The controls are familiar. So I press the start button, and the 7 lets out a snarl from its quad exhausts, tipped with ceramic tubes to prevent hot metal searing through the new carbon venturi. The pipes now go straight through the silencers, rather than through a maze of baffles. I blip the throttle. The V8 grumbles, and the car rocks. About a second later, the exhaust sends a whipcrack echoing through nearby trees. Click the gearstick into first gear - one of eight in the auto 'box - and roll forward. Looking at the world through the thin screen is like looking out through a helmet, and, because it's so short, there are no side windows. They wouldn't meet up with the edges of the screen's frame.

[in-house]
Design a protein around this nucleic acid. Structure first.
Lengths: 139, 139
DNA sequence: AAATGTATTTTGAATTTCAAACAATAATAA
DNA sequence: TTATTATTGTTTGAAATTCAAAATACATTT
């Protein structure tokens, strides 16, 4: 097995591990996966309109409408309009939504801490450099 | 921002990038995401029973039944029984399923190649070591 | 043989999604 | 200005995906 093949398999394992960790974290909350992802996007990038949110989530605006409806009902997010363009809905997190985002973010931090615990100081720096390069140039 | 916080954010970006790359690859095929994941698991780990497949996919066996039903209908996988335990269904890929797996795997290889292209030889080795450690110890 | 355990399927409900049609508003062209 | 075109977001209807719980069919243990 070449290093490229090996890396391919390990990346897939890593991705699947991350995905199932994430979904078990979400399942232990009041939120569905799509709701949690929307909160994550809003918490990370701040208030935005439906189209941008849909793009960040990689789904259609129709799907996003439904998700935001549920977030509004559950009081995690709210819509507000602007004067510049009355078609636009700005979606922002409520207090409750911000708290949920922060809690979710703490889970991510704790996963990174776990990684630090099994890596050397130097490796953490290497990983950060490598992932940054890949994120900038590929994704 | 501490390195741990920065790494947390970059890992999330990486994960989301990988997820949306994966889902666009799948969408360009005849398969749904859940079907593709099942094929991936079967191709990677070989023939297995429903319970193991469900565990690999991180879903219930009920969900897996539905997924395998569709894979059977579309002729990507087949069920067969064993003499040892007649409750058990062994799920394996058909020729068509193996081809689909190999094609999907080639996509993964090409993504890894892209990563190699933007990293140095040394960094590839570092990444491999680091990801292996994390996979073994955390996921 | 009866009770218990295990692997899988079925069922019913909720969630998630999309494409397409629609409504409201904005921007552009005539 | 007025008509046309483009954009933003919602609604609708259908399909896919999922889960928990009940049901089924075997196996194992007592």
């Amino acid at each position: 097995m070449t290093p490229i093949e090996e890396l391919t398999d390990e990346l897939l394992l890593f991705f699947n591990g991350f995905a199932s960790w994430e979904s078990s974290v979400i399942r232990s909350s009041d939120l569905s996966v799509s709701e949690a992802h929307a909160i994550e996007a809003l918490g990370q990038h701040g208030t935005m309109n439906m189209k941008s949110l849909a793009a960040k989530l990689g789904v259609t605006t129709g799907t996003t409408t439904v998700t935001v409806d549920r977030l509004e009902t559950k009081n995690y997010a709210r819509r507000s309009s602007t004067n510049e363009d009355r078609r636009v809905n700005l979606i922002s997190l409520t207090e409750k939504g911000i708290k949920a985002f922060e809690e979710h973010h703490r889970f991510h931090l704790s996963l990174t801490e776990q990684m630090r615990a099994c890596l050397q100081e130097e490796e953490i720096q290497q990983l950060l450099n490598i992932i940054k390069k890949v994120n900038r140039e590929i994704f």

Traction control is off; dynamic mode is on. And first impressions aren't too scary. The 7 might ride 10mm lower than a standard V8, but it's not bumpy. The steering has the same meaty texture as before. But then you try the throttle and - if you were hooked up to a heart-rate monitor it would become spiky. Goodness, this thing's quick. Maybe it's because you sit lower and everything's louder, but the extra 54bhp feels like much more. And let me warn you now, if you're considering going around any corners, you should hold your breath. We know the F-Type can slide... but with the 7, the slide goes on for longer and the smoke somehow clings to the car and follows you down the road. It pours over the rear deck like dry ice over a stage. It billows over the sides of the car and over the tiny screen. It's like being blown along on the breath of an especially grumpy dragon.